Kick up leaves, splash through a creek, and take in the views during nature’s most spectacular season
Popular for a reason: Colorado’s most photographed landscape is even better in living color, when the distinctive symmetry of snow-dusted Maroon
and North Maroon Peaks are framed by a ribbon of aspens, all reflected on shimmering Maroon Lake. Of course you won’t be alone,
but still it’s worth the crowds. To reach the Maroon Bells–Snowmass Wilderness, head to Maroon Lake Trailhead ($10/vehicle; fs.usda.gov/whiteriver).
Don’t miss: The Aspen Brewing Company’s new downtown tasting room (304 E. Hopkins Ave.; aspenbrewingco.com).
The park’s crown jewel: The dazzling corridor of aspens along Bear Lake Road (via U.S. 36, west of Beaver Meadows Entrance Station) is just a prelude. Beneath Hallett Peak sits Bear Lake ($20/vehicle; nps.gov/romo), an aqua-blue gem framed with aspens that glow in the crisp 9,475-foot air. Meander the 0.5-mile lakeshore trail to gaze
at ever-changing panoramas worthy of an IMAX trailer.
Don’t Miss: Estes Park Brewery’s Colby-jack chili burgers and house-brewed pumpkin ale (470 Prospect Village Dr.; epbrewery.com).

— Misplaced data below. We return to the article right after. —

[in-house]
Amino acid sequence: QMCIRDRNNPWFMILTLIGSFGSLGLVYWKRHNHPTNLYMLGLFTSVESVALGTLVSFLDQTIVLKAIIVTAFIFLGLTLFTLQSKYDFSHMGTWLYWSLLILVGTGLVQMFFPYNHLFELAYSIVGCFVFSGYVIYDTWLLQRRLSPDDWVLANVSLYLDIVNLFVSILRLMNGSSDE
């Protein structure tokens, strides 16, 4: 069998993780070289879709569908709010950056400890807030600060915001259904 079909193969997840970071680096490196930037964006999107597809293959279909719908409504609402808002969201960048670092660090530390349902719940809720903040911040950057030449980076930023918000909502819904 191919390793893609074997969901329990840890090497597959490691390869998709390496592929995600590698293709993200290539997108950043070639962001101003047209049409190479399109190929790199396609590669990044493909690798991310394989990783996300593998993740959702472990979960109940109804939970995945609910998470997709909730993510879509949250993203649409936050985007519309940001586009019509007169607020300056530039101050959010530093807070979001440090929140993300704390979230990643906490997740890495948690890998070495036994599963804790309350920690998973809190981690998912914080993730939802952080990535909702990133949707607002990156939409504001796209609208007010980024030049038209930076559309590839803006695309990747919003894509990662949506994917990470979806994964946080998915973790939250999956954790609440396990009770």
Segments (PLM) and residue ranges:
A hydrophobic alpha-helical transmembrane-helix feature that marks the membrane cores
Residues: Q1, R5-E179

True weekend escape: It’d be worth a trip to this corner of the Eastern Sierra for the flaming trees alone. But June Lake also has lakes, waterfalls,
jagged peaks, and a little something for everyone. Rent a pedal boat at Gull Lake Marina ($20/hour; gulllakemarina.com) to take in the views with resident ducks. For aspens, hike the 4-mile round-trip Parker Lake Trail.
Don’t miss: The Double Eagle Resort & Spa (from $199; doubleeagle.com), with luxe rooms and cabins, free yoga, and a sleek restaurant ($$$).
A red rock backdrop: Oak Creek’s crimson canyon walls and sun-dappled stream dazzle year-round, but fall takes views to another level with turning
maples and gamble oaks. Head 13 miles north of Sedona on U.S. 89A to the Oak Creek Vista overlook. The 3-miles-one-way West
Fork Trail ($9/vehicle; trailhead between mile 384 and 385; www.fs.fed.us/r3/coconino) crisscrosses the West Fork of Oak Creek (read: splashy boulder hopping).
Don’t miss: For healthy après-hike food, hit Heartline ($$; heartlinecafe.com).
Bite off a little piece of Portland's 30-mile Wildwood Trail where it winds through Hoyt Arboretum; with Douglas fir flanking the narrow path most of the way, you'll be sheltered even if it's raining. (Likely.) For a 4-mile loop, start just above the Oregon Zoo; glimpse the Japanese garden, then turn left onto the Redwood Trail through a sequoia grove. Cross Fairview Boulevard and follow signs to Overlook Trail; turn right on Wildwood and you're back where you started ― and ready to eat. 4000 Fairview Blvd.; www.hoytarboretum.org.